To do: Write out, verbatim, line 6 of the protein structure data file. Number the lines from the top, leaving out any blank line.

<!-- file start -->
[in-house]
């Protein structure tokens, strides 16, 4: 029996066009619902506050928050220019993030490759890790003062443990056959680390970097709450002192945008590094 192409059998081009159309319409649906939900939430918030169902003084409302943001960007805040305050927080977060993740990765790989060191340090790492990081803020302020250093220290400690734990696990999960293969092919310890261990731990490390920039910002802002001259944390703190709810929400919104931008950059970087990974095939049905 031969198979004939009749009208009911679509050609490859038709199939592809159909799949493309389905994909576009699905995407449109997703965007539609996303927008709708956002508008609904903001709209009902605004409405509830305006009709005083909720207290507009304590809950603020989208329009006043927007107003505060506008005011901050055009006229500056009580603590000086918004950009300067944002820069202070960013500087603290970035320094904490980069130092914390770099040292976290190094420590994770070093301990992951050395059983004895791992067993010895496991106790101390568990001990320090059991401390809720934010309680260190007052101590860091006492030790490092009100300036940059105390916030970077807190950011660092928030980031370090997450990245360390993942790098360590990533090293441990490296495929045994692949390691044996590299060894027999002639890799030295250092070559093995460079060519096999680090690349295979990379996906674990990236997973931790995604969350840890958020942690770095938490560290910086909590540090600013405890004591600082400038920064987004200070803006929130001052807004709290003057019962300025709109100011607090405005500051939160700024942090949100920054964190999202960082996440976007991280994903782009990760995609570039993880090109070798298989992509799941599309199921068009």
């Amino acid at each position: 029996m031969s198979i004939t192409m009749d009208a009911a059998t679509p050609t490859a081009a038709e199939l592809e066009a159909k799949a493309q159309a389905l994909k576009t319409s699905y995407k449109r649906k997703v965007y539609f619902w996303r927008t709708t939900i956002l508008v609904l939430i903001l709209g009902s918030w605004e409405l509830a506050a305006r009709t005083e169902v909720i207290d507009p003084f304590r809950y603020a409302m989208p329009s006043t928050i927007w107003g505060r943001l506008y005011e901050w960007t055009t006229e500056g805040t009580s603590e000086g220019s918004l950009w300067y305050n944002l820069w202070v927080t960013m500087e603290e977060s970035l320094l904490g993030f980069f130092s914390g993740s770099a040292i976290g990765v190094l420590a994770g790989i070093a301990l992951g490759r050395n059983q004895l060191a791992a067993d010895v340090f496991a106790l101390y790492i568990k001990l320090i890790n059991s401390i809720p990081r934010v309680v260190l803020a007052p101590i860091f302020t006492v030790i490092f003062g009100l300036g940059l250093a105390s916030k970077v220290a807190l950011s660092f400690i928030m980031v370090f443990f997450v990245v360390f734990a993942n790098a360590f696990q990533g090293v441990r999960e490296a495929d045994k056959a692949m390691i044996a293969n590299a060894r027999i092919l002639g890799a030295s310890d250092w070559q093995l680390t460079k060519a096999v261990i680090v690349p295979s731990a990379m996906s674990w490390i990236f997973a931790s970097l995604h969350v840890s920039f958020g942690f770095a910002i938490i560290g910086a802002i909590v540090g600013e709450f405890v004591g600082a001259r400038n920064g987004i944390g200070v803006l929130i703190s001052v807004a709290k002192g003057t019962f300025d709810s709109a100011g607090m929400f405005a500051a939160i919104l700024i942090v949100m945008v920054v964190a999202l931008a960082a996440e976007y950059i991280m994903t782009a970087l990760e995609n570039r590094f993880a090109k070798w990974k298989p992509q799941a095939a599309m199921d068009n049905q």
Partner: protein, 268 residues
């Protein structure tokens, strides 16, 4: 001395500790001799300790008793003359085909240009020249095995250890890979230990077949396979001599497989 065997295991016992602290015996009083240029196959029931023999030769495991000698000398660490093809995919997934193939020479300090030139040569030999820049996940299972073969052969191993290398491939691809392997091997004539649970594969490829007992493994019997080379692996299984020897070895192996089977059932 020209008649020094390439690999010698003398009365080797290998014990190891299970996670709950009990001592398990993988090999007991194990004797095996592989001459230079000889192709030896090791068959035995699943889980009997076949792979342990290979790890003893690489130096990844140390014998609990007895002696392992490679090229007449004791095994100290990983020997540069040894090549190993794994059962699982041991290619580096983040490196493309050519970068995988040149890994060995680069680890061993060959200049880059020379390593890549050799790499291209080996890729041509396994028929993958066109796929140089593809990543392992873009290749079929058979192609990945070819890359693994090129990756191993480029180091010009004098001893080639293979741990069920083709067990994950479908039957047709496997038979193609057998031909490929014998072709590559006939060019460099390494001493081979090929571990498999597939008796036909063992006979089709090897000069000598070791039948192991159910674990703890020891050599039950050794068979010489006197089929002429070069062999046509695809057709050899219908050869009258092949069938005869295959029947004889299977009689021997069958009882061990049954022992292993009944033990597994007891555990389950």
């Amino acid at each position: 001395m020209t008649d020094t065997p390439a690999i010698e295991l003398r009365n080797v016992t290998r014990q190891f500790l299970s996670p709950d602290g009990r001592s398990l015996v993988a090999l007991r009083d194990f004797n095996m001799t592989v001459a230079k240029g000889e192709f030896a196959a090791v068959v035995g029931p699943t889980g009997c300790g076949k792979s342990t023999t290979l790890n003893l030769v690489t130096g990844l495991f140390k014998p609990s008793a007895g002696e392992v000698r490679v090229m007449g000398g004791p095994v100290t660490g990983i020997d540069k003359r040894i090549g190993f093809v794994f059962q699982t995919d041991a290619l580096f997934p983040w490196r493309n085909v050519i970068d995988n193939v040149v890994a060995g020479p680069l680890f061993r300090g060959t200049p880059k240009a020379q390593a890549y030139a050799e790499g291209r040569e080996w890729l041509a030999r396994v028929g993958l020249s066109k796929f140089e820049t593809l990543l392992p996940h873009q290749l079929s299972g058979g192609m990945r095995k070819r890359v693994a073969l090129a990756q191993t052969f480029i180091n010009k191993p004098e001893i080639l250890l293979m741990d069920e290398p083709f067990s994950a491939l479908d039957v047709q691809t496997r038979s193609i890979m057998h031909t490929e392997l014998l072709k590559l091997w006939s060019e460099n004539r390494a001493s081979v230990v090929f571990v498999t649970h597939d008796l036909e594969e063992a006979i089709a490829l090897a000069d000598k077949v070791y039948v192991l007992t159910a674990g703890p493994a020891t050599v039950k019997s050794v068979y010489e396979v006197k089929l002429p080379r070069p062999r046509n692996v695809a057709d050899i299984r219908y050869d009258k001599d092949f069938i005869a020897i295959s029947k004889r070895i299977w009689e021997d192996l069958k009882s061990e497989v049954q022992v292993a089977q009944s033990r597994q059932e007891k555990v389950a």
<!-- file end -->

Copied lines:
């Amino acid at each position: 001395m020209t008649d020094t065997p390439a690999i010698e295991l003398r009365n080797v016992t290998r014990q190891f500790l299970s996670p709950d602290g009990r001592s398990l015996v993988a090999l007991r009083d194990f004797n095996m001799t592989v001459a230079k240029g000889e192709f030896a196959a090791v068959v035995g029931p699943t889980g009997c300790g076949k792979s342990t023999t290979l790890n003893l030769v690489t130096g990844l495991f140390k014998p609990s008793a007895g002696e392992v000698r490679v090229m007449g000398g004791p095994v100290t660490g990983i020997d540069k003359r040894i090549g190993f093809v794994f059962q699982t995919d041991a290619l580096f997934p983040w490196r493309n085909v050519i970068d995988n193939v040149v890994a060995g020479p680069l680890f061993r300090g060959t200049p880059k240009a020379q390593a890549y030139a050799e790499g291209r040569e080996w890729l041509a030999r396994v028929g993958l020249s066109k796929f140089e820049t593809l990543l392992p996940h873009q290749l079929s299972g058979g192609m990945r095995k070819r890359v693994a073969l090129a990756q191993t052969f480029i180091n010009k191993p004098e001893i080639l250890l293979m741990d069920e290398p083709f067990s994950a491939l479908d039957v047709q691809t496997r038979s193609i890979m057998h031909t490929e392997l014998l072709k590559l091997w006939s060019e460099n004539r390494a001493s081979v230990v090929f571990v498999t649970h597939d008796l036909e594969e063992a006979i089709a490829l090897a000069d000598k077949v070791y039948v192991l007992t159910a674990g703890p493994a020891t050599v039950k019997s050794v068979y010489e396979v006197k089929l002429p080379r070069p062999r046509n692996v695809a057709d050899i299984r219908y050869d009258k001599d092949f069938i005869a020897i295959s029947k004889r070895i299977w009689e021997d192996l069958k009882s061990e497989v049954q022992v292993a089977q009944s033990r597994q059932e007891k555990v389950a």